Congratulations to Caleb Collier for placing 2nd in the 2010 Spring Flash Fiction contest. You can read his winning story, "Bedtime Story," here.
Caleb grew up in Pound, VA, in a hollow of the Appalachian Mountains. He is a storyteller at heart and puts words to his solitude from time to time. He works for a non-profit organization called Give Us Names, which seeks to use storytelling as a means to combat social injustice. Right now, he can be found in Columbia, working on a documentary about the tragedy of displacement.
WOW: Welcome to The Muffin, Caleb, and congratulations on your win! Where did you get the idea for "Bedtime Story?"
Caleb: I remember glancing at a picture in the newspaper of a woman I never knew. Somehow, I got this strange feeling that all this woman would ever be to me is a person made out of paper. So that, combined with that creative spark of loneliness that pushes you to dream up a lover where none exists, led me to pen the words, "There once lived a girl who was made out of paper." The piece took shape from there.
WOW: That's a great line! What are the themes you are exploring in your flash fiction piece?
Caleb: Well, there is the theme of identity. The paper metaphor serves as a way for this girl to see the "stuff" she is made of, to know who she is, and how she is put together. It is also written through the lens of exaggerated perfection. It seems to be the voice of someone completely enraptured with this woman, describing her every feature in poetic detail. I think loneliness is a thread through the story. For all we know, this girl is the only one of the Paper People. There seems to be a great deal of solitude in her life. And, of course, you have the theme of death. It seems to be a place that most stories end.
WOW: Your imagery is fantastic. How difficult was it to get the description and story into such a small amount of words?
Caleb: Imagery is often about what is left unsaid. Give the reader just enough color and let them to finish the painting.
WOW: So true. How long have you been writing and what are your favorite types of pieces to write?
Caleb: I have been writing since before I could read. It's always been the way I interpret the world around me. I have tried to tackle just about every type of written word--from screenplays to poetry, novels, letters, journal articles, short stories, and a master's thesis. I even dabbled in haikus for a summer. I get different things out of each project. I like the intimacy you can put into a letter, the dialogue in a script, the character development in novels, and well, the poetry in poetry. But I think short stories are what I enjoy most. I can tell the story I want to tell and be done with it.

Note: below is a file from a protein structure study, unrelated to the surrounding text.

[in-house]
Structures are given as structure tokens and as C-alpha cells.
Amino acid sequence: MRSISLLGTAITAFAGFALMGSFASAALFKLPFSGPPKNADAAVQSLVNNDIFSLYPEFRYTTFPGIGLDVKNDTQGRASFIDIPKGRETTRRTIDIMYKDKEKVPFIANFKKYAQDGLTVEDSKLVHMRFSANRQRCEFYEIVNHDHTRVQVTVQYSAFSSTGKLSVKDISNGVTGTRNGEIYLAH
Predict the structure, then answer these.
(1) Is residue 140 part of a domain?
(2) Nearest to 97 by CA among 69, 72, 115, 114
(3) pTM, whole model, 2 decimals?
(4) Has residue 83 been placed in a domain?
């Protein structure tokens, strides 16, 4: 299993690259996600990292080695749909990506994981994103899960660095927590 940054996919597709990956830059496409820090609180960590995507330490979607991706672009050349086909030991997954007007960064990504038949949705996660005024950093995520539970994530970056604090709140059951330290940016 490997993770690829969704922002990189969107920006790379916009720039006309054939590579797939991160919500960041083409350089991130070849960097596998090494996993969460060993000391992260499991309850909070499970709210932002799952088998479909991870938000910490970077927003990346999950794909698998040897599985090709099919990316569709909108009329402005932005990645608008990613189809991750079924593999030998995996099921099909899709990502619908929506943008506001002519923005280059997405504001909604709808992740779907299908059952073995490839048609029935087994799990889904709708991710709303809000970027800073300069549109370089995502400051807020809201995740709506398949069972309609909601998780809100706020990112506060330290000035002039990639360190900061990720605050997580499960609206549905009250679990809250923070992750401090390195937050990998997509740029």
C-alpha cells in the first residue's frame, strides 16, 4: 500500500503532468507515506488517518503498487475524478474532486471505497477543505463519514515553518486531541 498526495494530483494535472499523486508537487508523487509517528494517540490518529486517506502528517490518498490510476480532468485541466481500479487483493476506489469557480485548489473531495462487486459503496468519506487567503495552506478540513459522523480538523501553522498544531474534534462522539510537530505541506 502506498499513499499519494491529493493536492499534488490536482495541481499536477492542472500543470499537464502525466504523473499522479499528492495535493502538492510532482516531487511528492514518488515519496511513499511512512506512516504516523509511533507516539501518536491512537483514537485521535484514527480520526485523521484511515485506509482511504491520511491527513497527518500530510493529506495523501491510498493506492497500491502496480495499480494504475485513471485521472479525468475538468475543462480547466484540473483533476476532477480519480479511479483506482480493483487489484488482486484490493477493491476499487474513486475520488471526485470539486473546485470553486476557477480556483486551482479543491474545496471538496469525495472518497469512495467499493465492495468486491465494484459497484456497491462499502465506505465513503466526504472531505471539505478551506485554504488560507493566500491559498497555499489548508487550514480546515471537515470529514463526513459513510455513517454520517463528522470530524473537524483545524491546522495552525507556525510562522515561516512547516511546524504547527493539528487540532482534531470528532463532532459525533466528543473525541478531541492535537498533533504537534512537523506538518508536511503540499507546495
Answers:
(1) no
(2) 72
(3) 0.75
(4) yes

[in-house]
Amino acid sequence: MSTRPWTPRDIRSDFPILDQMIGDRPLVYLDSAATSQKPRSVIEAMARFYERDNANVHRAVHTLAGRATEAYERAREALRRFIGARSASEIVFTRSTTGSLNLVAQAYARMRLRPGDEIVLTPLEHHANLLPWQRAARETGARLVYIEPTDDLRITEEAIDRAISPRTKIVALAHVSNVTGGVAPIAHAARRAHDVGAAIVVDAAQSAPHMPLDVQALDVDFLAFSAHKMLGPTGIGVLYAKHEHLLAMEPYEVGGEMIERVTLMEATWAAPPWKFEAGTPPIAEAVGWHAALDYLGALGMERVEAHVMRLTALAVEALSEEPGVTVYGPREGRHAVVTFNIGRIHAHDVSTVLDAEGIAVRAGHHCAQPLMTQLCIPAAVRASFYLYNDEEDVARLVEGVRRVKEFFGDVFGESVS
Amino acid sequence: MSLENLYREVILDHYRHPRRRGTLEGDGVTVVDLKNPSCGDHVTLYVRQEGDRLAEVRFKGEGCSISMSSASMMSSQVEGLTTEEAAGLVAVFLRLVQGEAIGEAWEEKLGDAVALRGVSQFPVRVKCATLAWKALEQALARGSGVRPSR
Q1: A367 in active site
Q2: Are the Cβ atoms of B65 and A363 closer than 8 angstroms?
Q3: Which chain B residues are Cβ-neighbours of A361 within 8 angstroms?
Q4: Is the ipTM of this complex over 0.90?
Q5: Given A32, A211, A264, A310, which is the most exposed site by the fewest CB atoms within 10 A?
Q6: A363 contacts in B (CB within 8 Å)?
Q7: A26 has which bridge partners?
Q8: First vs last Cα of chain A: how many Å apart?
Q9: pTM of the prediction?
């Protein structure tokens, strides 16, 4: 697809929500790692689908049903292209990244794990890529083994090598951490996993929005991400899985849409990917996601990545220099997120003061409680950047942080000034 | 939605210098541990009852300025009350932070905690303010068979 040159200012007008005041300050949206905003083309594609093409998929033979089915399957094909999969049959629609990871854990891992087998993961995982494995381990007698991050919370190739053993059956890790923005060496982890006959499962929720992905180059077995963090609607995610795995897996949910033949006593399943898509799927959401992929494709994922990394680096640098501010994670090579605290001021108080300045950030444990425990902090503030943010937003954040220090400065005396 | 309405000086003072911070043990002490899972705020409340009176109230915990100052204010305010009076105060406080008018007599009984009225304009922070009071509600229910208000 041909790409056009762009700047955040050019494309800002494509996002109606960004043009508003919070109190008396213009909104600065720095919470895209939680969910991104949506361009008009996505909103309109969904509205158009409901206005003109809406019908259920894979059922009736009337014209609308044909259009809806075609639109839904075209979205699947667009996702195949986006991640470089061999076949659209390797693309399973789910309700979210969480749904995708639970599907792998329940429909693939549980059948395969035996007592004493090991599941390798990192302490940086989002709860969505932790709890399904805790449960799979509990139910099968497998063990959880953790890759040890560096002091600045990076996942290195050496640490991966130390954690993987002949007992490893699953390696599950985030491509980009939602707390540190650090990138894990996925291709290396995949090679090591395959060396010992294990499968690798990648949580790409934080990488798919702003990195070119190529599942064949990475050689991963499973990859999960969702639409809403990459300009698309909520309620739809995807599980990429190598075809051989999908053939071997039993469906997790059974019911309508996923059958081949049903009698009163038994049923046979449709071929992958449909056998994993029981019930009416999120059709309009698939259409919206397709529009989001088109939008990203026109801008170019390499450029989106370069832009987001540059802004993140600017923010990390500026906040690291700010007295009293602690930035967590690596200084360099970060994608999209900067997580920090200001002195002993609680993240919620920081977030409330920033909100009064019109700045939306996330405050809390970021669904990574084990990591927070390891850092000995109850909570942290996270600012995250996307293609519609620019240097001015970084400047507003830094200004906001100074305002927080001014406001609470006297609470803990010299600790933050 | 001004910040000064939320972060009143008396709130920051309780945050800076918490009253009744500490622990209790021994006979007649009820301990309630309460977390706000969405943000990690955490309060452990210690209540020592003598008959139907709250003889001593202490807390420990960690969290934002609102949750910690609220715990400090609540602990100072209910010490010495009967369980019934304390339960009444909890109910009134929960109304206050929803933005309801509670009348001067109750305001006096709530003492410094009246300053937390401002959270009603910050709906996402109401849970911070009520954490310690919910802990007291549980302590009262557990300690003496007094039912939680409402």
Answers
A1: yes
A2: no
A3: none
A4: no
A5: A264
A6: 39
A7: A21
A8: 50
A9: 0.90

WOW: What is a current project you are working on?
Caleb: Well, I have this novel I've been toying around with for the last year. It is written as a sort of faux-memoir. A guy at the end of his life tries to put words to his existence. He does so through a series of short stories, essays, travel journals, and poems. "Bedtime Story" is actually a chapter out of that novel. I'm not sure if it will go anywhere. I'm not good at finishing projects, and I have a lot on my plate right now. Maybe some literary agent reading this wants to help me get an advance so I can devote serious time to finishing it?
WOW: Yes, Caleb, I think that is every writer's dream. Best of luck to you with finishing your work-in-progress. It sounds really interesting and different. Please tell us more about the non-profit organization you work for, Give Us Names. What is your position there?
Caleb: Give Us Names is a storytelling organization that seeks to raise awareness about social injustice. Right now, we are working on making a series of films about the issue of forced displacement in Colombia. There are over three million internally displaced people in Colombia, putting it neck and neck with the situation in Darfur. And no one seems to know about it. So, I'm currently in Colombia, putting together our first film. I guess I'm sort of a story advisor in this process.
WOW: Thanks for explaining your work to us. So to close, why do you think it is a good idea for writers to enter contests?
Caleb: Everyone has a story to tell. I am a big fan of writing contests and film festivals. I think it democratizes the storytelling process. Take advantage of these avenues. It's a good way to get your material out there and get a foot in the door of a very complex industry. Just write. And if you want to share your words with others, contests are a good platform to do that. You know someone will read your work.
WOW: Thanks, Caleb, for taking the time to talk with our readers today. We want to congratulate you again for your winning story and wish you the best of luck in your future projects.
interview conducted by Margo L. Dill; http://margodill.com/blog/